I have to admit that I've spent most of the Season 12 So You Think You Can Dance auditions so far in mourning for the show's old format. I used to look forward to seeing the dancers who annihilated their solo take on new dance styles in Vegas, and then again on the big stage. But it's contestants like Bronx B-Boy Eliazer Chapman who give me some faith in this new SYTYCD structure. Judging from his size and lack of formal training, he may not have been able to shine as a partner in the Stage styles. But he does what he does so incredibly well that all I want to see him do is more of it. And he'd be a huge (figuratively) asset to tWitch's Team Street.
Chapman is younger than a lot of the hip-hop/breaking/animation/b-boy contenders we've seen so far. Compared to Stage dancers who are installed in dance classes almost as soon as they can walk, Street dancers usually discover their art form on their own as teenagers or young adults. Hence, we've got dancers in their late 20s and early 30s who have spent a decade or so honing their craft on streets, at parties, and in battles. Eliazer Chapman came to the show at the tender age of 18, however, and he is already as impressive as his older colleagues.
And, for good reason. Chapman was motivated to succeed because of his tough family situation. At the age of 4, he and his father were forced to move into a homeless shelter, where they lived for a full decade — basically, Chapman's entire childhood. To deal with the pressures of his life on the streets of The Bronx, he threw himself into dance and discovered a singular talent for breaking. He would bring the money he earned from street performing back to his father; eventually the two had saved enough to move out of the facility and become independent. The dancer let his dreams carry him through a situation that would break a lot of weaker people. "That's the power of dance," Paula might say.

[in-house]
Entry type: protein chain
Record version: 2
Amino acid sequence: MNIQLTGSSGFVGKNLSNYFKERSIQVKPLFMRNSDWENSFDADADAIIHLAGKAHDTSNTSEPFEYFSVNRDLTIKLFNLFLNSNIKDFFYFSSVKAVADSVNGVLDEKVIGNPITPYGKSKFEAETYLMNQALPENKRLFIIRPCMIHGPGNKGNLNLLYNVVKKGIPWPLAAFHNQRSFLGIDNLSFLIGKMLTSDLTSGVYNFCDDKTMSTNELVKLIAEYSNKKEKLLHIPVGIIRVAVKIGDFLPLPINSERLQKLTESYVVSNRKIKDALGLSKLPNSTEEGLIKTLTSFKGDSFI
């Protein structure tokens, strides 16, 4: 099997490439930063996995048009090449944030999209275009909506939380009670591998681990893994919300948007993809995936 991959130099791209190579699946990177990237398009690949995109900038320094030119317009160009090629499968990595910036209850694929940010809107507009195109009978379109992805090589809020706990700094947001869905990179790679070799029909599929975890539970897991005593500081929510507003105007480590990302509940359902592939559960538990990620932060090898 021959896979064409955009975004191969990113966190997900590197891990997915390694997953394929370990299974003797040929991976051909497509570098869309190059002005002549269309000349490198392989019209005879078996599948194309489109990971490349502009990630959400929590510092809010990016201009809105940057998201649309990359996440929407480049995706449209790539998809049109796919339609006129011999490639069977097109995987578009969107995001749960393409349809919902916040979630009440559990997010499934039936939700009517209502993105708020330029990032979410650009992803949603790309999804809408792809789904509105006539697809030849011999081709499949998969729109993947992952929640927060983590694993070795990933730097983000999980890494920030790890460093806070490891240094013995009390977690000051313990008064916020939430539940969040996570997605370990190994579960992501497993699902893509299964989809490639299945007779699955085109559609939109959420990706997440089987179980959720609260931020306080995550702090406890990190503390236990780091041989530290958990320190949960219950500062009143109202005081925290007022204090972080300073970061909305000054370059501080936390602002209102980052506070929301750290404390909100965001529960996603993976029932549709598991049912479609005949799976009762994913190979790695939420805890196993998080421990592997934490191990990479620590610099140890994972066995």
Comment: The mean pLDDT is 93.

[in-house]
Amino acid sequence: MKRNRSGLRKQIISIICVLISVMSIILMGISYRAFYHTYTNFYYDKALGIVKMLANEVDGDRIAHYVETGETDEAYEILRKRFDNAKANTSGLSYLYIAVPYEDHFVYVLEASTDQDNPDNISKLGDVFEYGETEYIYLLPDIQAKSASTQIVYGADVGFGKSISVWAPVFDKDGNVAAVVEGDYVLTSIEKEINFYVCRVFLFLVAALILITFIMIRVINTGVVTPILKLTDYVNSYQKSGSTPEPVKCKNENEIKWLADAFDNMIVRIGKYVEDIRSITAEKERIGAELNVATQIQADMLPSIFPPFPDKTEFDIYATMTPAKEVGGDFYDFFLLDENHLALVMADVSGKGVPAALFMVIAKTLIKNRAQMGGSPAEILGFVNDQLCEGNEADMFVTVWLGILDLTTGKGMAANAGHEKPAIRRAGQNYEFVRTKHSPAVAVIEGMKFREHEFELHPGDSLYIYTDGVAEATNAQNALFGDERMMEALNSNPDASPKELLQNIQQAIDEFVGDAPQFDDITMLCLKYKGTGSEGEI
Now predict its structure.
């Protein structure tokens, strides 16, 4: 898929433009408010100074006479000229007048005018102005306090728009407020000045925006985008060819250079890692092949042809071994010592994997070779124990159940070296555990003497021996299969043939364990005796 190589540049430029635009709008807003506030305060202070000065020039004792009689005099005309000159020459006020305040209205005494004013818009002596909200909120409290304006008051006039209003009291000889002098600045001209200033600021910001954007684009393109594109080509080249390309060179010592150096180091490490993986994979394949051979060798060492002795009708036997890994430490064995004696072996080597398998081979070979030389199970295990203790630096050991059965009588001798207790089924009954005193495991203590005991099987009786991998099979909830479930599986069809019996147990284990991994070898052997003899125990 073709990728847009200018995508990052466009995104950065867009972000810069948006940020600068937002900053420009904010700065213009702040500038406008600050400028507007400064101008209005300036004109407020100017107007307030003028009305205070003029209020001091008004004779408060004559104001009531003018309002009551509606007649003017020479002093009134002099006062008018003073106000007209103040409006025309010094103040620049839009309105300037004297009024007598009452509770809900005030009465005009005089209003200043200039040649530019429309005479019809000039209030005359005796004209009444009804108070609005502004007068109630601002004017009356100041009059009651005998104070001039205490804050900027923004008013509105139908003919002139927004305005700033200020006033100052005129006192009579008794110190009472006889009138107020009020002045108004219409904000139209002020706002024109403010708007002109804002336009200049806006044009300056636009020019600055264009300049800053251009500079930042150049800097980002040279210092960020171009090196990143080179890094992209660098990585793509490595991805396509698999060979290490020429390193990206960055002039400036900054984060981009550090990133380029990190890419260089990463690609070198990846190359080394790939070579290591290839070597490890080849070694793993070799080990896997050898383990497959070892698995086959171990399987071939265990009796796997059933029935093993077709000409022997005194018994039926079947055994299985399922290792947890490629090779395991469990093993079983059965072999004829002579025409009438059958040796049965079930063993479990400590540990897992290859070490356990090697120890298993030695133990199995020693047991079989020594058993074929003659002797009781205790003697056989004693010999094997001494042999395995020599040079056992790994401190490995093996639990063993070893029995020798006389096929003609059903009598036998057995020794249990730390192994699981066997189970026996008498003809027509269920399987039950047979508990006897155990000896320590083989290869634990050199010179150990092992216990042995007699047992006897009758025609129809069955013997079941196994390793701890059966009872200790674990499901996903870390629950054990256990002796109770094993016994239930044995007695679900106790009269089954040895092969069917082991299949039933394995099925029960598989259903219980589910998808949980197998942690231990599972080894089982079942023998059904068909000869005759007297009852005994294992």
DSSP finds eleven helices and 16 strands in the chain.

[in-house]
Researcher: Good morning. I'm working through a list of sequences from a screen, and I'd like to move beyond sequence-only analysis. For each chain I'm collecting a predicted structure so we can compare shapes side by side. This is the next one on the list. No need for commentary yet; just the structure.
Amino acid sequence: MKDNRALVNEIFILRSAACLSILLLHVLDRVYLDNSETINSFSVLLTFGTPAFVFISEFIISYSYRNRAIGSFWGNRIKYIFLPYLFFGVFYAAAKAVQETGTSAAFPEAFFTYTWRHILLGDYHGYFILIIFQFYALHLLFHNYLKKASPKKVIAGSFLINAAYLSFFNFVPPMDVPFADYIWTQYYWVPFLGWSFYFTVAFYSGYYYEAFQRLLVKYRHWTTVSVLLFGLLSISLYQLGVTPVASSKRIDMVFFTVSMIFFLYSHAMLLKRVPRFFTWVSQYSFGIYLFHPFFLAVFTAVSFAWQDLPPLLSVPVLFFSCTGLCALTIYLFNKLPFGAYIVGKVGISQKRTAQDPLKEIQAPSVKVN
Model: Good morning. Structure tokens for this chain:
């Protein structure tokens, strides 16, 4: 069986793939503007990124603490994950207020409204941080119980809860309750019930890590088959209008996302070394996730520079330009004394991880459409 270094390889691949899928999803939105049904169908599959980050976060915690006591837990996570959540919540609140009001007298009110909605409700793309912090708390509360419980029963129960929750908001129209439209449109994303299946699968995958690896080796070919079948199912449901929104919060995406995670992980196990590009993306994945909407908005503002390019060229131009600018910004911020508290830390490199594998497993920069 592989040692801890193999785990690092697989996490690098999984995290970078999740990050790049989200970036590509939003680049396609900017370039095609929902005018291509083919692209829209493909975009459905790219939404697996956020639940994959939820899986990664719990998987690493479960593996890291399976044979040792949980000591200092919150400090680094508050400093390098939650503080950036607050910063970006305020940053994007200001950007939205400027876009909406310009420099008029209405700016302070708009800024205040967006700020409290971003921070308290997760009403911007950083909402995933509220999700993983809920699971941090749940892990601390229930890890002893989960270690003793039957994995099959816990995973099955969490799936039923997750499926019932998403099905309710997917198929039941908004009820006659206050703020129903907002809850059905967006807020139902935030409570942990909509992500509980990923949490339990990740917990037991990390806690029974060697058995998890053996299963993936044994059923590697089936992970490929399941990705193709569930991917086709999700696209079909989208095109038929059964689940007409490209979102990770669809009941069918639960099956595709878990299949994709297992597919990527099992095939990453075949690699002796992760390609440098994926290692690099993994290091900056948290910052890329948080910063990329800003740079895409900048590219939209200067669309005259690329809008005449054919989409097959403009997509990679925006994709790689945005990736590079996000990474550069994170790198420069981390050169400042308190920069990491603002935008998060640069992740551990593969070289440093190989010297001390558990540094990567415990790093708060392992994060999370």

Eliazer Chapman impressed the judges with his strength and control, as well as his varied routine. Often, the panel will criticize Street performers (and Stage hopefuls, as well) for leaning on tried and true moves and for not showing the judges enough of what they can do. That wasn't a complaint here. "I thought it was exciting," Nigel Lythgoe said after the audition. "You promised us something raw, something exciting...I think you gave it to us." They also appreciated Chapman's drive, determination, and confidence. And, even the best technical dancers won't succeed in this competition without those traits.
Obviously, Chapman's efforts were rewarded with a ticket to Vegas. I'm looking forward to seeing how he handles that new challenge, and seeing him take on the choreography of Dave Scott, NappyTabs, and the rest. In my opinion, he's already risen above every obstacle life has thrown at him. Vegas week should be a piece of cake.
Images: Screengrab/Fox (3)